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Please be aware that this old REACH registration data factsheet is no longer maintained; it remains frozen as of 19th May 2023.

The new ECHA CHEM database has been released by ECHA, and it now contains all REACH registration data. There are more details on the transition of ECHA's published data to ECHA CHEM here.

Diss Factsheets

Administrative data

Description of key information

Key value for chemical safety assessment

Skin sensitisation

Endpoint conclusion
Endpoint conclusion:
no adverse effect observed (not sensitising)
Additional information:

For testing of skin sensitization, the optimization test was used, an intracutaneous sensitization procedure similar to the method recommended in the "Appraisal of the Safety of Chemicals in Foods, Drugs and Cosmetics" (1959), the US Association of Food and Drug Officials (AFDO). A second study is available adressing the skin sensitization potential in the presence of UV light (photosensitization.). A polymer containing the substance was tested in the Human Repeat Insult Patch Test (Ciba-Geigy 1979).

The key study was performed on groups of 10 male and 10 female guinea pigs of the Pirbright white strain. No results of a positive control group are reported, but this test was routinely run at these laboratories and sufficient experimental data is contained in the sponor's archive.

During the induction period the animals received one injection every second day (except weekends) to a total of 10 intracutaneous injections of a freshly prepared 0.1 % dilution in polyethylene glycol (PEG 400) + saline (70 : 30 parts). On the first day, injections of 0.1 ml were administered into the shaven skin of the right flank and the back, while on the following days a single intracutaneous injection was given into the back. During the second and third week of the induction period the test material was incorporated in a mixture of the normal vehicle with complete Bacto Adjuvant. Fourteen days after the last sensitizing injection, a challenge injection of 0.1 ml of a freshly prepared 0.1 % dilution in polyethylene glycol (PEG 400) + saline (70 : 30 parts) was administered into the skin of the left flank. Twenty-four hours after each injection during the first week of the induction period and 24 hours after the challenge injection the reactions were recorded. Ten days after the intracutaneous challenge injection a subirritant dose of the test compound at 5% in vaseline was applied epicutaneously under occlusive dressings which were left in place for 24 hours. Upon intradermal challenge 12/20 test group animals and 1/20 control group animals showed a skin reaction, whereas after epicutaneous exposure, none of the 20 animals showed skin reactions. This shows that the substance needs to be actively injected into the skin in order to elicit a reaction. From the investigations on subacute oral toxicity, it is known that the substance causes an infiltration of macrophages in the gastrointestinal epithelium which evolves into a granulomatous inflammation at higher doses or longer duration. It is likely that a similar effect is observed upon intradermal injection which would yield high local doses.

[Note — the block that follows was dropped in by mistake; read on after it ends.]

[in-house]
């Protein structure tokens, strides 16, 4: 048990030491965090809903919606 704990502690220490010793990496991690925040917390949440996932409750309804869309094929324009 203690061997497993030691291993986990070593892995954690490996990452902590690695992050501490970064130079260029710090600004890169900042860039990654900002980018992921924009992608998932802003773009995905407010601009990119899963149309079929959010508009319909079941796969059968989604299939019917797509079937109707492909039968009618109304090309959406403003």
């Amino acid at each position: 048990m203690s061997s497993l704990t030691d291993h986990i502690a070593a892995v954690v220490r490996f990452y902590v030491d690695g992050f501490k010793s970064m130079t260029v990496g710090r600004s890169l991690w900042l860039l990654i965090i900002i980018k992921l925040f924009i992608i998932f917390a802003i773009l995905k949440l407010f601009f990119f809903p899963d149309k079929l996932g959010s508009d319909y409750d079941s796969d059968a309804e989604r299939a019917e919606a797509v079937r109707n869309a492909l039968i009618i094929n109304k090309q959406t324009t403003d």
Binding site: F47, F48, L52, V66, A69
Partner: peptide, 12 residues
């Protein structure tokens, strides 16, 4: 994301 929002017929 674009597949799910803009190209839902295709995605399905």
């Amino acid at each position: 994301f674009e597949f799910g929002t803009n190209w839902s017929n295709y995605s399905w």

A modified protocol was applied to investigate the potential of the substance to cause sensitization in the presence of UV light in each 10 male and female guinea pigs (Ciba-Geigy 1980). Guinea pigs were treated by dermal application with the test substance und irradiated with visible light plus UV-A or UV-A and UV-B for a total of 3 weeks. The first and the second challenges were performed after rest periods of 12 days and a further 14 days. The skin reaction were evaluated according to Draize Scoring Scale.

As vehicle, 80% DAE433 (40% Dimethylacetamide, 30% acetone, 30% ethanol) was used and the concentration for induction and challenge was 0.1%. Epicutaneous open exposure was used.

In the control group, one animal showed a weak reaction at the first challenge. In the test group, one animal showed scaling formation at the end of the first induction week. Slight scaling formation was observed in the test group at the end of the second challenge. Erythema was not observed. The intensity of the skin reactions and the incidence does not show a significant difference to the control group.

Migrated from Short description of key information:
The substance caused no skin sensitization in guinea pigs in the Maurer Optimization test with epidermal challange exposure. No indication of photo-sensitization was observed.

Justification for selection of skin sensitisation endpoint:
The other study adresses photo-sensitization.

Justification for classification or non-classification

Dangerous Substance Directive (67/548/EEC)

The available studies are considered reliable and suitable for classification purposes under 67/548/EEC. As a result the substance is not considered to be classified for skin sensitization under Directive 67/548/EEC, as amended for the 31st time in Directive2009/2/EG.


Classification, Labelling, and Packaging Regulation (EC) No. 1272/2008

The available experimental test data are reliable and suitable for classification purposes under Regulation 1272/2008. As a result the substance is not considered to be classified for skin sensitization under Regulation (EC) No. 1272/2008, as amended for the third time in Directive (EC 618/2012).